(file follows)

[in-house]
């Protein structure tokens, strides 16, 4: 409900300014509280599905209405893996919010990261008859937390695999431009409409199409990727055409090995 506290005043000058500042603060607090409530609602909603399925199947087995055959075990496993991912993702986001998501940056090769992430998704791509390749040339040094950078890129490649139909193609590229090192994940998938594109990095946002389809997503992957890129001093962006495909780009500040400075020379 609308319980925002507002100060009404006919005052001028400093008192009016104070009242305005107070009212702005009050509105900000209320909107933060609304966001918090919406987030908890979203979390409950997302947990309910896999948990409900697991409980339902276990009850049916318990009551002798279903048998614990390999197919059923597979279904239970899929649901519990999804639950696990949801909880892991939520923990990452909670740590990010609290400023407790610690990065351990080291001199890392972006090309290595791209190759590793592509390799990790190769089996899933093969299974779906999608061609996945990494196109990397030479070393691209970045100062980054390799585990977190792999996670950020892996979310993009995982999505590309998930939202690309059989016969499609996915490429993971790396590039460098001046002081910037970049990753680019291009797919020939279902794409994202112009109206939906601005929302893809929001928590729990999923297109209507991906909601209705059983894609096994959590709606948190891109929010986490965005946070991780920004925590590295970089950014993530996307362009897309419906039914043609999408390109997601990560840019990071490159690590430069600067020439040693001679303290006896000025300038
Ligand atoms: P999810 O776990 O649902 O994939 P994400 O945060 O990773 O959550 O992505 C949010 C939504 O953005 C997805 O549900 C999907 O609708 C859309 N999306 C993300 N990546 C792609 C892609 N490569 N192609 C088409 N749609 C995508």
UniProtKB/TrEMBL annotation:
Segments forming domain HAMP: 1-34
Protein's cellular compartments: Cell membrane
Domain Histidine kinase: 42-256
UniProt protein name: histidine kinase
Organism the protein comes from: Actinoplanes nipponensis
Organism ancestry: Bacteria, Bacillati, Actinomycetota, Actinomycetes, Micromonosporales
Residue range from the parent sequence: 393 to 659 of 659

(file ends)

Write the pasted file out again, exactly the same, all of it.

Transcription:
[in-house]
């Protein structure tokens, strides 16, 4: 409900300014509280599905209405893996919010990261008859937390695999431009409409199409990727055409090995 506290005043000058500042603060607090409530609602909603399925199947087995055959075990496993991912993702986001998501940056090769992430998704791509390749040339040094950078890129490649139909193609590229090192994940998938594109990095946002389809997503992957890129001093962006495909780009500040400075020379 609308319980925002507002100060009404006919005052001028400093008192009016104070009242305005107070009212702005009050509105900000209320909107933060609304966001918090919406987030908890979203979390409950997302947990309910896999948990409900697991409980339902276990009850049916318990009551002798279903048998614990390999197919059923597979279904239970899929649901519990999804639950696990949801909880892991939520923990990452909670740590990010609290400023407790610690990065351990080291001199890392972006090309290595791209190759590793592509390799990790190769089996899933093969299974779906999608061609996945990494196109990397030479070393691209970045100062980054390799585990977190792999996670950020892996979310993009995982999505590309998930939202690309059989016969499609996915490429993971790396590039460098001046002081910037970049990753680019291009797919020939279902794409994202112009109206939906601005929302893809929001928590729990999923297109209507991906909601209705059983894609096994959590709606948190891109929010986490965005946070991780920004925590590295970089950014993530996307362009897309419906039914043609999408390109997601990560840019990071490159690590430069600067020439040693001679303290006896000025300038
Ligand atoms: P999810 O776990 O649902 O994939 P994400 O945060 O990773 O959550 O992505 C949010 C939504 O953005 C997805 O549900 C999907 O609708 C859309 N999306 C993300 N990546 C792609 C892609 N490569 N192609 C088409 N749609 C995508």
UniProtKB/TrEMBL annotation:
Segments forming domain HAMP: 1-34
Protein's cellular compartments: Cell membrane
Domain Histidine kinase: 42-256
UniProt protein name: histidine kinase
Organism the protein comes from: Actinoplanes nipponensis
Organism ancestry: Bacteria, Bacillati, Actinomycetota, Actinomycetes, Micromonosporales
Residue range from the parent sequence: 393 to 659 of 659